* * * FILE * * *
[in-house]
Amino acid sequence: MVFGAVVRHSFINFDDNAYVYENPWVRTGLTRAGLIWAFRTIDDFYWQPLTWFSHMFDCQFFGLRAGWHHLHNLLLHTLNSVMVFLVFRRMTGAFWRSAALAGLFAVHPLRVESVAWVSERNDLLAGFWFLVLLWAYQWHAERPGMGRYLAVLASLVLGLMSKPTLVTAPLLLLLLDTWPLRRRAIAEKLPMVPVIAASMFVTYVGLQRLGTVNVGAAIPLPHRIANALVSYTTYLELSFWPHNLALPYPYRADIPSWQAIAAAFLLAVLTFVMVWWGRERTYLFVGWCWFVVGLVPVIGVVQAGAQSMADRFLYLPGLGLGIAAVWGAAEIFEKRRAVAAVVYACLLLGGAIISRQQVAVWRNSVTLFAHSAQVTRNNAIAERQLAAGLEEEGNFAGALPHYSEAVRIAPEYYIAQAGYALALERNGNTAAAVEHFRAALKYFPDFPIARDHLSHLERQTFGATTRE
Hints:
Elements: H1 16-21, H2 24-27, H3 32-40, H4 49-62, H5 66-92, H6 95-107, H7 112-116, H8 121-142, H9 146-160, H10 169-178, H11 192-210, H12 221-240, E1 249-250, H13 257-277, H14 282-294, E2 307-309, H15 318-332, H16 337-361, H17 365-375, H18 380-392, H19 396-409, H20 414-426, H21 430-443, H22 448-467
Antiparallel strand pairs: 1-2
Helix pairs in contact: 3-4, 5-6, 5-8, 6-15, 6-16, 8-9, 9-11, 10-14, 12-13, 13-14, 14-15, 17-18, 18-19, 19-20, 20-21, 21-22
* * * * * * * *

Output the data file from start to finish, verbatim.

[in-house]
Amino acid sequence: MVFGAVVRHSFINFDDNAYVYENPWVRTGLTRAGLIWAFRTIDDFYWQPLTWFSHMFDCQFFGLRAGWHHLHNLLLHTLNSVMVFLVFRRMTGAFWRSAALAGLFAVHPLRVESVAWVSERNDLLAGFWFLVLLWAYQWHAERPGMGRYLAVLASLVLGLMSKPTLVTAPLLLLLLDTWPLRRRAIAEKLPMVPVIAASMFVTYVGLQRLGTVNVGAAIPLPHRIANALVSYTTYLELSFWPHNLALPYPYRADIPSWQAIAAAFLLAVLTFVMVWWGRERTYLFVGWCWFVVGLVPVIGVVQAGAQSMADRFLYLPGLGLGIAAVWGAAEIFEKRRAVAAVVYACLLLGGAIISRQQVAVWRNSVTLFAHSAQVTRNNAIAERQLAAGLEEEGNFAGALPHYSEAVRIAPEYYIAQAGYALALERNGNTAAAVEHFRAALKYFPDFPIARDHLSHLERQTFGATTRE
Hints:
Elements: H1 16-21, H2 24-27, H3 32-40, H4 49-62, H5 66-92, H6 95-107, H7 112-116, H8 121-142, H9 146-160, H10 169-178, H11 192-210, H12 221-240, E1 249-250, H13 257-277, H14 282-294, E2 307-309, H15 318-332, H16 337-361, H17 365-375, H18 380-392, H19 396-409, H20 414-426, H21 430-443, H22 448-467
Antiparallel strand pairs: 1-2
Helix pairs in contact: 3-4, 5-6, 5-8, 6-15, 6-16, 8-9, 9-11, 10-14, 12-13, 13-14, 14-15, 17-18, 18-19, 19-20, 20-21, 21-22